Welcome to Informalscience.org


May 27th, 2013

Welcome to the new informalscience.org. We’re glad you’re here!

This site is a resource for the informal science education (ISE) field, for people who are conducting or wishing to conduct, ISE activities, research or evaluation, or to collaborate with others who are. It is the culmination of several years of work by the Center for Advancement of Informal Science Education (CAISE). We have been facilitating connections and sharing resources among professionals across the field of informal science education (ISE), and with the re-launch of informalscience.org we have strengthened the online infrastructure that supports our vibrant community. We hope you will think of the site as a “one-stop shop” for informal science education. Here we’ve merged several related sites, developed custom search options, created new tools to support interest groups, and added new ways to find others with our member directory. You can get started by creating your profile, or read on to see some examples of what can be done with the site.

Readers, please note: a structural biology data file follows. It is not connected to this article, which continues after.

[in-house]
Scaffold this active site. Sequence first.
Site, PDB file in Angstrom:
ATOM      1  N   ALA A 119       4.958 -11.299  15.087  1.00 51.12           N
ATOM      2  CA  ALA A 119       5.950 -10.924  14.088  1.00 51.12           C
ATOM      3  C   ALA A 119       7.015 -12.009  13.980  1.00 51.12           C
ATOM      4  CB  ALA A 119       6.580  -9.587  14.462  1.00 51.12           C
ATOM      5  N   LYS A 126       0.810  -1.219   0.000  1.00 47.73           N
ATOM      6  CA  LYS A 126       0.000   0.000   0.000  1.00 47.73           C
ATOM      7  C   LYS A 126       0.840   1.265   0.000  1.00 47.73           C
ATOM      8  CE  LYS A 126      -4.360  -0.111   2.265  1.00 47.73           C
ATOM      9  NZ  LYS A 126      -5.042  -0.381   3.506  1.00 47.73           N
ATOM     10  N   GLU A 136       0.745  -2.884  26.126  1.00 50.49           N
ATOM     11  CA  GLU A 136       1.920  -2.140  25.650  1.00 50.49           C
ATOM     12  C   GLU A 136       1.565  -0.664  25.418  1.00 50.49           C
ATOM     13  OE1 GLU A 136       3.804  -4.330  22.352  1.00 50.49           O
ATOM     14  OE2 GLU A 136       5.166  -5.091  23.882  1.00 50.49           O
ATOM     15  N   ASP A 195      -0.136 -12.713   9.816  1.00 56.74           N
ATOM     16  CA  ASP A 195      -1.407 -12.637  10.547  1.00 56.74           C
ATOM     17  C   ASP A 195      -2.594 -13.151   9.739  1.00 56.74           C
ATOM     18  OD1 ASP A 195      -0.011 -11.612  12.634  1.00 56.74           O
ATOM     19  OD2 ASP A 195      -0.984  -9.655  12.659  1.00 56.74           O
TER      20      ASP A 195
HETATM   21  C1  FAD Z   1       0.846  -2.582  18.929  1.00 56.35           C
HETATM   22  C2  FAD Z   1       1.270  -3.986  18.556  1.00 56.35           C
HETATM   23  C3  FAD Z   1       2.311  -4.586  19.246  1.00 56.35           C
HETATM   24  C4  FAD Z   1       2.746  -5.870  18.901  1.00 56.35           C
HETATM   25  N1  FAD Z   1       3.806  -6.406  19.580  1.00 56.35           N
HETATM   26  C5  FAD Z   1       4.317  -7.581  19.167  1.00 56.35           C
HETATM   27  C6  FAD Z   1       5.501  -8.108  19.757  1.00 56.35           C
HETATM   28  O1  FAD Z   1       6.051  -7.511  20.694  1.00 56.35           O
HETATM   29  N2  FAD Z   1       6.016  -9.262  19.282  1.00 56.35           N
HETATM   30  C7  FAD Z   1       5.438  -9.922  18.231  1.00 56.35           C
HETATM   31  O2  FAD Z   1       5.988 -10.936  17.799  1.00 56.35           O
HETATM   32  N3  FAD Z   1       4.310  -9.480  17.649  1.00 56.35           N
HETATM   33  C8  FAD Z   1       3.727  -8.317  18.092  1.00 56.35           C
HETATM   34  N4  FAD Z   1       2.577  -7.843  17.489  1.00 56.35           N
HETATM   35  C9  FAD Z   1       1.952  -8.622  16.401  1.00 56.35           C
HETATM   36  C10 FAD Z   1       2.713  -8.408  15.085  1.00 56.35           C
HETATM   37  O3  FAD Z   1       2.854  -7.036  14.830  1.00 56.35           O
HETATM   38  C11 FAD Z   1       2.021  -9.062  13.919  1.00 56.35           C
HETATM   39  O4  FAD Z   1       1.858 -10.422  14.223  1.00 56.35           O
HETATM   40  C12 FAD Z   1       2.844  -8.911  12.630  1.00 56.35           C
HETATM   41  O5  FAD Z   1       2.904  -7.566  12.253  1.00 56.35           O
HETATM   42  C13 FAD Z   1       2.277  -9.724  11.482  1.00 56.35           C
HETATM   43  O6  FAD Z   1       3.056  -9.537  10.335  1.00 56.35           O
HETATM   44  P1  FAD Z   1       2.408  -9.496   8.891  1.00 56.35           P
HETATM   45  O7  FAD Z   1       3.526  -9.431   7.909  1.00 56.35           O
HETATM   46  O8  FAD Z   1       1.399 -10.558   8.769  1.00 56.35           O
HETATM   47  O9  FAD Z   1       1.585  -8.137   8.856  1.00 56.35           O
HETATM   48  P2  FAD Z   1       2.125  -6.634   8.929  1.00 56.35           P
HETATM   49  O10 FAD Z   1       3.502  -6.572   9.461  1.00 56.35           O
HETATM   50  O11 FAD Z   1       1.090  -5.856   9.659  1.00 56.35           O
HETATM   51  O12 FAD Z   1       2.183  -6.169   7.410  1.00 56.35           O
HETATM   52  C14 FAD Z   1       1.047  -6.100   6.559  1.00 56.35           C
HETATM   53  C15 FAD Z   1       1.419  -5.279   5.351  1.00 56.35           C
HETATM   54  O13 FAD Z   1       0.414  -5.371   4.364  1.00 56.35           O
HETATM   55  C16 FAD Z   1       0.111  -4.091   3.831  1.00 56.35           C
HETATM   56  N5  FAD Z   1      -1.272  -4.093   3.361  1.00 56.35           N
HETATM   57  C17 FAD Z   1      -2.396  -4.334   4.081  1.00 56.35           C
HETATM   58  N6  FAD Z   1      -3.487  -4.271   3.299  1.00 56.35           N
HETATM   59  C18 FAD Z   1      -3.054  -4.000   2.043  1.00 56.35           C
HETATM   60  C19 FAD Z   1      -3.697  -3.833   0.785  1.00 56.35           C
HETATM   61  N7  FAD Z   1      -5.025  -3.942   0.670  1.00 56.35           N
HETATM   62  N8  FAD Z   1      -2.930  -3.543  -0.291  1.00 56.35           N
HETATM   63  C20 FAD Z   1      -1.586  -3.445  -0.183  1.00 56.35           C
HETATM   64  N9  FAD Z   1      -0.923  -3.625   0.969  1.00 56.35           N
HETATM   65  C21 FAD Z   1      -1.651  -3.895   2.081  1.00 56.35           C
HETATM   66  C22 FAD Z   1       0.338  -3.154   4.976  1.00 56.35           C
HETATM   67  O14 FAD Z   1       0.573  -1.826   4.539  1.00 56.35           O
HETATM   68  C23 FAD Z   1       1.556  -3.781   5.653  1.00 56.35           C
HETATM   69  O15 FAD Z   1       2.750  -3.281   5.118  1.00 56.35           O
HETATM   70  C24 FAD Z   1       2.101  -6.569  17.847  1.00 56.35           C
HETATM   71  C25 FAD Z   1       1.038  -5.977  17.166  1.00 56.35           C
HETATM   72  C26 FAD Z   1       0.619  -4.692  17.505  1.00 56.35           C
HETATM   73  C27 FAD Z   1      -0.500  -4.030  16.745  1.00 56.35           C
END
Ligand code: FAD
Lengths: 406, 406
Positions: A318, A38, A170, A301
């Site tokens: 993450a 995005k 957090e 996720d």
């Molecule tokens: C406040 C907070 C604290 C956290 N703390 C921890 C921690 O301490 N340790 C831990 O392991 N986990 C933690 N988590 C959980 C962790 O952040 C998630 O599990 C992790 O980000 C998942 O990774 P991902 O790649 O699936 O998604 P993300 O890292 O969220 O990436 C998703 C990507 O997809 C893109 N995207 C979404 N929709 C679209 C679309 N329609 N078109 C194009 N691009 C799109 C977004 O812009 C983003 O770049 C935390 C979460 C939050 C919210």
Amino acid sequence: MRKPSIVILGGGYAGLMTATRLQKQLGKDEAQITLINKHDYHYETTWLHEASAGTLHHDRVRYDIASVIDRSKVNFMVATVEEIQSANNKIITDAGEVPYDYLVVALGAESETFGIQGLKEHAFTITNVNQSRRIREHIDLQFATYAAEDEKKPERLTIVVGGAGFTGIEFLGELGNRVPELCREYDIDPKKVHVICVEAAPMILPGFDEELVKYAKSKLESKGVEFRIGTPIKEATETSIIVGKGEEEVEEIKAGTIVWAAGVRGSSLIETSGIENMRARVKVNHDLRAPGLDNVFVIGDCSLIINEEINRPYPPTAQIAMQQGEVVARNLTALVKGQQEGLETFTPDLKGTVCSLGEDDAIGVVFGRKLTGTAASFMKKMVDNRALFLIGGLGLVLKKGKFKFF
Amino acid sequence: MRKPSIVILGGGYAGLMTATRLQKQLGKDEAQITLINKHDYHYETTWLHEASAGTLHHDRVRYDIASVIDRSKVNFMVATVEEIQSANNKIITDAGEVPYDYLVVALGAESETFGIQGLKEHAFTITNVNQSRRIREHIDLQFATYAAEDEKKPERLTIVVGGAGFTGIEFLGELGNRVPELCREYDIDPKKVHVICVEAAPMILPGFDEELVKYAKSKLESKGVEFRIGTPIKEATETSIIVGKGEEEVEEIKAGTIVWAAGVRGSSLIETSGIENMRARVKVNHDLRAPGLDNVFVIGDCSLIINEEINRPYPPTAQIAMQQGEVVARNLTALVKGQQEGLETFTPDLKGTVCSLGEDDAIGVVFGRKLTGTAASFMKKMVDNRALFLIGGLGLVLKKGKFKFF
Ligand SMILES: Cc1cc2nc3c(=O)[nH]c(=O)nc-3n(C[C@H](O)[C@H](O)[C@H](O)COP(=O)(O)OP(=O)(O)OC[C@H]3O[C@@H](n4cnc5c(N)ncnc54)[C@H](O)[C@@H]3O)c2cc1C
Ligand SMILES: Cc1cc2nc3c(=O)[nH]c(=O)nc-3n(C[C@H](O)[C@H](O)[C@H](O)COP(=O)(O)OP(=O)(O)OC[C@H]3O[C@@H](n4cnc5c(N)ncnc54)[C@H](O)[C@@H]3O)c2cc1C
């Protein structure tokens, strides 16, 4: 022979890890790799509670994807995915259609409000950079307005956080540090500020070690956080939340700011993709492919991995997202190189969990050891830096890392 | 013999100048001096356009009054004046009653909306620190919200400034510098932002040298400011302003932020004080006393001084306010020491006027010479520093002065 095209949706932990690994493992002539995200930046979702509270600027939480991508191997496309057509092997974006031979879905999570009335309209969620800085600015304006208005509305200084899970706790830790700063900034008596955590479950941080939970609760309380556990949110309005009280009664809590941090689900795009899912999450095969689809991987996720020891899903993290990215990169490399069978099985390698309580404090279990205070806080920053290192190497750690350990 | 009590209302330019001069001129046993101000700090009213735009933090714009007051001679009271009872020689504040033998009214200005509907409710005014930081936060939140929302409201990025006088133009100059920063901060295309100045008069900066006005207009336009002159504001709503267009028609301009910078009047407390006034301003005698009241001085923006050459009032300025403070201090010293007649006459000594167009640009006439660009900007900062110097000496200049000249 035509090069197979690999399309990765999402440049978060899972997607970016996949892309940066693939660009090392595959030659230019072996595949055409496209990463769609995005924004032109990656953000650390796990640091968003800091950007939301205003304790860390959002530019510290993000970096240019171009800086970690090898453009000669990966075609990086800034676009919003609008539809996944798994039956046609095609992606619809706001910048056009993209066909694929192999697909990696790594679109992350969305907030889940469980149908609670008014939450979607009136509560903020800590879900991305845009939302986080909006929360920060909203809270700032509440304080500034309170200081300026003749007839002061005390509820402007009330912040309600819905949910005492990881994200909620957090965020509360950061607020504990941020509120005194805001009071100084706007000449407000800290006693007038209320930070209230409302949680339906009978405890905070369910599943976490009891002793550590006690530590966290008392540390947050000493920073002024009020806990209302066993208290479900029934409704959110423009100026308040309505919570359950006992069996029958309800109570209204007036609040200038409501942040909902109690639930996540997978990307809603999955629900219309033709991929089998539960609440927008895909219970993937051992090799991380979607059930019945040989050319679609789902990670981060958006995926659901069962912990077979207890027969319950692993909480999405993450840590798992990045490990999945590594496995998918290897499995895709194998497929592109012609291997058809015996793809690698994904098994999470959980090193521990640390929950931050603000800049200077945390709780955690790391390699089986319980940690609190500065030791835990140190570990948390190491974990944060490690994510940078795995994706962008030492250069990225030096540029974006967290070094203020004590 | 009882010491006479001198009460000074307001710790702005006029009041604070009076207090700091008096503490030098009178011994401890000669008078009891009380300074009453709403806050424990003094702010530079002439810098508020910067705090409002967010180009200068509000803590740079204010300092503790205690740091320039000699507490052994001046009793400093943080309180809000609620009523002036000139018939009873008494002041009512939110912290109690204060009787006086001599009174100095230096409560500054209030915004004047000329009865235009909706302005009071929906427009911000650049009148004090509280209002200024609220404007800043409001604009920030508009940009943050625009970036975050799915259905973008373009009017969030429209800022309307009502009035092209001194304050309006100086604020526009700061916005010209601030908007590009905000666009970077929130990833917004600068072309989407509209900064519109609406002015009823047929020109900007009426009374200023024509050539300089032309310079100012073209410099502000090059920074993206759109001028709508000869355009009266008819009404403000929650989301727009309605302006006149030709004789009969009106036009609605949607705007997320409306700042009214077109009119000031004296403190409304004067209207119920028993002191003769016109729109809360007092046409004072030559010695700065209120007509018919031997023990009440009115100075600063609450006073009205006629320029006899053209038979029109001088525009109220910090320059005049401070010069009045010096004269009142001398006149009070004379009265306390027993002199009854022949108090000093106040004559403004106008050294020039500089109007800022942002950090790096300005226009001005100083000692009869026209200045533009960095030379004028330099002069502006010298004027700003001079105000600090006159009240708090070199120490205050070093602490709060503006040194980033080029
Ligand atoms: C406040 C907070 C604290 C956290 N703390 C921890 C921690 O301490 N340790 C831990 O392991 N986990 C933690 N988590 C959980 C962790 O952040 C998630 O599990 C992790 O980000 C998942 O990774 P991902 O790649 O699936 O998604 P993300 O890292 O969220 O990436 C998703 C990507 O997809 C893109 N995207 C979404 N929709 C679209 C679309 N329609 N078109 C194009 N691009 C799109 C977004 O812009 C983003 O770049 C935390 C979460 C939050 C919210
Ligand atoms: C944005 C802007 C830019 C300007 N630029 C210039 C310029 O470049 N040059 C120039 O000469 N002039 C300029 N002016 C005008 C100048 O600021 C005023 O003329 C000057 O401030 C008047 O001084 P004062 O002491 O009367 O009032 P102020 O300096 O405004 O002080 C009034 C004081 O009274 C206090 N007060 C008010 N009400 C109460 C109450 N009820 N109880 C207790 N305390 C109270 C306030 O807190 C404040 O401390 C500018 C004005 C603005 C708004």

Members of the old Informalscience.org website

Thank you! For many years our members have helped collect and share informal science education projects, evaluation reports, research and reference materials. These projects and evaluation reports have been migrated to this new site. Research products, such as peer-reviewed journal article citations, that were contributed to informalscience.org are being re-tagged and cataloged on an ongoing basis.
We understand that many members have invested time into creating their profiles on the old site. Because we re-developed the site from the ground up, and made a number of key changes to the architecture to improve functionality and sustainability, we were unable to migrate profiles in a cost-effective way. It only takes a few moments to start your profile and a few clicks to search for your work and associate it.

As a registered user you will have a dashboard that aggregates: all site activities, options to receive notifications of updated content, and easy ways to manage your profile. You don’t need to complete your full profile to sign up; please just take a moment to start, you may return later to complete it by linking up your work, adding your bio and photo, and selecting your interests. Your profile will be a great tool for making matches with potential professional collaborators.

We want to help make this a smooth transition for you. If you contributed in the past and are unable to find your records or need assistance linking records to your profile, please contact us at caise@informalscience.org.